Dr. Mordechai KedarDr. Mordechai Kedar is a senior lecturer in the Department of Arabic at Bar-Ilan University. He served in IDF Military Intelligence for 25 years, specializing in Arab political discourse, Arab mass media, Islamic groups and the Syrian domestic arena. Thoroughly familiar with Arab media in real time, he is frequently interviewed on the various news programs in Israel.
An organization that calls itself "Arab Intellectuals United", headed by a Palestinian Arab named Amar el Azam, has published a news release that calls for Hizbullah head Hassan Nasrallah to remove his forces from Syria immediately – and in particular, to get rid of the 1500 Hizbullah fighters that Azam claims are guarding President Bashar Assad.
The following is a translation of the release (brackets by the writer):
"We, who believed in you and supported you in the July 2006 war [against Israel, M.K.], are totally disgusted and repelled by you, now that you are entangled in the partnership to spill Syrian blood. Your shameful ethnic Shiite loyalty has overcome your counterfeit Arab character. In the past, we fantasized that the Lebanese Shiites are historically, culturally, nationally and religiously the closest to their Sunni Arab brothers, but the turban on your head was manufactured in Kom [the ayatollah's city in Iran, M.K.] and explains why you are a pawn of the Iranians in spilling Syrian blood.
"Your part in eliminating many Lebanese politicians and intellectuals [such as Rafiq Hariri, M.K.] and the part that you are playing in putting down the Syrian rebellion, are harbingers of the end of your leadership, and you should be brought to judgment as a person who committed war crimes against the Arab people and humanity. We promise to open Shiite religious centers where thousands will mourn you after you have been eliminated along with your gang of mercenaries.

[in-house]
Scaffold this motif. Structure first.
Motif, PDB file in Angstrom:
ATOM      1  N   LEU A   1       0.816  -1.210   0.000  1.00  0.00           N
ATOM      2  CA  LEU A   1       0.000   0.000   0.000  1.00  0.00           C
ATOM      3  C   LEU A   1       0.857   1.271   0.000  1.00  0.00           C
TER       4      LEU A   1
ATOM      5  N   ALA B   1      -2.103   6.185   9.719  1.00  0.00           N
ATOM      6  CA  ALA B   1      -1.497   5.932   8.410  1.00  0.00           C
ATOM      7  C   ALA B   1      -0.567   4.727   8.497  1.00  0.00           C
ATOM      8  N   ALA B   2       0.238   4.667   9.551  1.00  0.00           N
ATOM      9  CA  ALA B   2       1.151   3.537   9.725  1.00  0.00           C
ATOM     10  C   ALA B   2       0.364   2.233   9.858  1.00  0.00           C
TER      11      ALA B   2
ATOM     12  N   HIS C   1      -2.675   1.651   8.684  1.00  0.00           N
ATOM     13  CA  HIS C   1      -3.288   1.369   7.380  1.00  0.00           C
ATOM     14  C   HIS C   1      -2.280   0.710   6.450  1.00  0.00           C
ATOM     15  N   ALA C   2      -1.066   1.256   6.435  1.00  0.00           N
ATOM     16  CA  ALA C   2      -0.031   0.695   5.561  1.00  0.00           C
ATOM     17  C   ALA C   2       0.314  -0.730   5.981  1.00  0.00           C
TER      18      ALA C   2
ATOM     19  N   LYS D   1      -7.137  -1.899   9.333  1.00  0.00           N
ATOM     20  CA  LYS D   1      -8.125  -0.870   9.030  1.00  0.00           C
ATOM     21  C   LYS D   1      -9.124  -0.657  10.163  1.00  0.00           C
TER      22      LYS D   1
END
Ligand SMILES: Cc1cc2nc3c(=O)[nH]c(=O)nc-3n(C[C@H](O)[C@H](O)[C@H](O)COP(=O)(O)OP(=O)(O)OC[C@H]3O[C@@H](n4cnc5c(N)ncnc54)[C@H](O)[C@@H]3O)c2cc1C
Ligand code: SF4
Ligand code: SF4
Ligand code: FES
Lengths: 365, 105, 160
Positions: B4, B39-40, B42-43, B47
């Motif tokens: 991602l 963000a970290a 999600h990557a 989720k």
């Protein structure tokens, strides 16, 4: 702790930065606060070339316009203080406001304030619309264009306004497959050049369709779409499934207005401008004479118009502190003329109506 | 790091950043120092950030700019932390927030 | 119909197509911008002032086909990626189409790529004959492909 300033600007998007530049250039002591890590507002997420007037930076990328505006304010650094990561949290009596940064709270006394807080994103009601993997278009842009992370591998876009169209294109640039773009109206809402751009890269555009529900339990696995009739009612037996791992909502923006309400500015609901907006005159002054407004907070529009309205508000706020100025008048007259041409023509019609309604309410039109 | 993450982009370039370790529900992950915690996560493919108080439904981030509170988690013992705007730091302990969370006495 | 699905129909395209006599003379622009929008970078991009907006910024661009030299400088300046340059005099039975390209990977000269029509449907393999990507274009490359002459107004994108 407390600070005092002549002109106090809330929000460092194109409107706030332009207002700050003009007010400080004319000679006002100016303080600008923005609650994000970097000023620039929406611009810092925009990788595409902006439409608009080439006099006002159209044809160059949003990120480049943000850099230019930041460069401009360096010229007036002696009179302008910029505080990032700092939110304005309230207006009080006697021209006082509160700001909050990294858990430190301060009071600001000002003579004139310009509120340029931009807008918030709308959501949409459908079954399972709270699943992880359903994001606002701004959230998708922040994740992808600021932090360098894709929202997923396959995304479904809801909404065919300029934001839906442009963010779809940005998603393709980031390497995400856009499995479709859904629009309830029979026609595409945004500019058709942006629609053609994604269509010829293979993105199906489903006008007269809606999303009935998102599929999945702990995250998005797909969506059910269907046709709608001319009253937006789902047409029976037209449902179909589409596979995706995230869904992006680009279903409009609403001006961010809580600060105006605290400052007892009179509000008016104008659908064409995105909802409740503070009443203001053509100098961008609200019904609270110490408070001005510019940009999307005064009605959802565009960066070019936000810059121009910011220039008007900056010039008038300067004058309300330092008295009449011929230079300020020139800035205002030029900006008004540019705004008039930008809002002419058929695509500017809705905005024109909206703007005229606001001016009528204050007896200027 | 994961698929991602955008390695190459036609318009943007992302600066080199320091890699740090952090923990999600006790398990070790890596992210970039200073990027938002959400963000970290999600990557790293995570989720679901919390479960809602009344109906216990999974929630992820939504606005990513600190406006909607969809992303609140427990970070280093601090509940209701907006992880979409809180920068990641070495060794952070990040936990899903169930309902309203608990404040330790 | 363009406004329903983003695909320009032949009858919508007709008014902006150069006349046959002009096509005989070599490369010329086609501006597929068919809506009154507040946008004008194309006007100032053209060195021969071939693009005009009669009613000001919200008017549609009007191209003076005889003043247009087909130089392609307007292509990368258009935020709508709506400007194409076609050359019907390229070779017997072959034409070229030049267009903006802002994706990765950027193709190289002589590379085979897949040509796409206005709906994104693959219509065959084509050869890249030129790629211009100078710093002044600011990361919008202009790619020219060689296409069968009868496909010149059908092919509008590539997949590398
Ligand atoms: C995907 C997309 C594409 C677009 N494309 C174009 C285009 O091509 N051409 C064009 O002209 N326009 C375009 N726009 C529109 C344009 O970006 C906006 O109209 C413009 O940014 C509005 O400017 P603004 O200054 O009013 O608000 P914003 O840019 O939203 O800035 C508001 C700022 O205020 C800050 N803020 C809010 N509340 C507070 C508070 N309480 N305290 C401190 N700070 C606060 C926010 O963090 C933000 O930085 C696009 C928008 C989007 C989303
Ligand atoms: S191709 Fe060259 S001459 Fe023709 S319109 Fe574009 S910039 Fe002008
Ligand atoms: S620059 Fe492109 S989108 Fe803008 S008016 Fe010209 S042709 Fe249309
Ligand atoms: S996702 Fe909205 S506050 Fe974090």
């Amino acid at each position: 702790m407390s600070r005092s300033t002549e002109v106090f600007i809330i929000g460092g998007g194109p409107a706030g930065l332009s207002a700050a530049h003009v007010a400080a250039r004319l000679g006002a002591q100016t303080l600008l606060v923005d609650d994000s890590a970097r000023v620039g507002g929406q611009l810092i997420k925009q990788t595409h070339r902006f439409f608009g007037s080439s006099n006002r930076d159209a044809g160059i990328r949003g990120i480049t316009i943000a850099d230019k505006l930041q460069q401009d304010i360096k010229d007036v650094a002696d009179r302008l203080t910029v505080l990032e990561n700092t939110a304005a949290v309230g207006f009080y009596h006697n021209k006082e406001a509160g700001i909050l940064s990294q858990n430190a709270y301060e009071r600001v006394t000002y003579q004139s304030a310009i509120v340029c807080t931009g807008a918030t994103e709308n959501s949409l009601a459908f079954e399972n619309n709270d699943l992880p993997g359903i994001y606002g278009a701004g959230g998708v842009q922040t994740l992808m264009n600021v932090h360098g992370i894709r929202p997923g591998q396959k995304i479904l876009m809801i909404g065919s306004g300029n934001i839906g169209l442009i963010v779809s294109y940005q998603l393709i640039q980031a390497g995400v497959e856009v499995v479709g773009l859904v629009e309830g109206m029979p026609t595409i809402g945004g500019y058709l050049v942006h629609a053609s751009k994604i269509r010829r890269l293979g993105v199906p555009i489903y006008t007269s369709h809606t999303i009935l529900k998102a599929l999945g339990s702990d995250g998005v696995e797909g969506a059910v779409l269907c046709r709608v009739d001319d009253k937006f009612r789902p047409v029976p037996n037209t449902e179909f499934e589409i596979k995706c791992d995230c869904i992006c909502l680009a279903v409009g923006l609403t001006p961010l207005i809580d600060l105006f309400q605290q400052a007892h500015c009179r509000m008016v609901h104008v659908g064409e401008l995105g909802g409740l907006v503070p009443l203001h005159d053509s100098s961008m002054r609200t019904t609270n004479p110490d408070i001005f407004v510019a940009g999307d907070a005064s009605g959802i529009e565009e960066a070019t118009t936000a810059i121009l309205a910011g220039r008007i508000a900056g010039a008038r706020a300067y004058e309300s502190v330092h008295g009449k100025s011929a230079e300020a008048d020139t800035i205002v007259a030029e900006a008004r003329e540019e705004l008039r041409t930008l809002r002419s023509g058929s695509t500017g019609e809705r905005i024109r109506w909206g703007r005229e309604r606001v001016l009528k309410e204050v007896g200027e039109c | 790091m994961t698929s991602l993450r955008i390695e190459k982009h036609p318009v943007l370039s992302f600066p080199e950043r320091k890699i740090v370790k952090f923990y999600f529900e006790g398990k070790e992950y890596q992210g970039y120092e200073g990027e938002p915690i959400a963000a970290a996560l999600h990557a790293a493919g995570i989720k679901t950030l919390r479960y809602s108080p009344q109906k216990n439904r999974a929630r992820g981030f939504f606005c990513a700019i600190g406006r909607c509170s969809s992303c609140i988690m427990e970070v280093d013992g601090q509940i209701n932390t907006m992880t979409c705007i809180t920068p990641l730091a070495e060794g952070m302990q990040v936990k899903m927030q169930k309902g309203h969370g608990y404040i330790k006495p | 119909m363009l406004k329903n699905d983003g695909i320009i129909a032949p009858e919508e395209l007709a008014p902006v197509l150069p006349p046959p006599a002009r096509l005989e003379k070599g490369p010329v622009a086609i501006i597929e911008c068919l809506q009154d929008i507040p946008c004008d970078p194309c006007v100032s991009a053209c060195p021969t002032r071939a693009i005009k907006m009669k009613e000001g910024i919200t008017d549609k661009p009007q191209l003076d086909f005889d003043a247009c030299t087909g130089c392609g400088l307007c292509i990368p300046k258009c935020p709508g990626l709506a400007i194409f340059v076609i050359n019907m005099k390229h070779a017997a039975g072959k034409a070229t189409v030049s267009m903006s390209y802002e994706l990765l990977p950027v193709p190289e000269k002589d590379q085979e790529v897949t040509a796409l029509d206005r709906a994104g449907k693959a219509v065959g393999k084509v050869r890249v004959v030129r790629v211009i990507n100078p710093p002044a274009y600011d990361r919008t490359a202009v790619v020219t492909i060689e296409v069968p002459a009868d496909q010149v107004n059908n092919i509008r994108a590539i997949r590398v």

We call upon you to save the vestiges of profaned Arab honor, before your traitorous artillery [Hizbullah arms that were meant only for fighting Zionists, M.K.] will be thrown soundlessly into the nearest dump."
Criticism of the Hizbullah is not limited to this intellectual organization, and includes most of the organizations and spokesman in the Arab world, including Shiites- and not just Shiites – in Lebanon. The Lebanese Shiites have always criticized the accord between the Arab Hizbullah and the Iranians, an agreement that was directed against Sunni Arabs and Christians, but their criticism was pushed aside in the aftermath of the so-called "victory" of 2006.
The Second Lebanon War in 2006 caused the death of 1300 Lebanese, most of them Hizbullah fighters, and the destruction of infrastructure and dwellings; a half million refugees fled Southern Lebanon. Despite all that, the Hizbullah propaganda machine succeeded in convincing the Lebanese that the defeat was a victory. After all, Nasrallah survived, refused to return the two Israeli soldiers he had kidnapped, Eldad Regev and Ehud Goldwasser Hy"d, and refused stubbornly to agree to give up Hizbullah weapons, claiming that they were for fighting the Zionist enemy and freeing captured lands.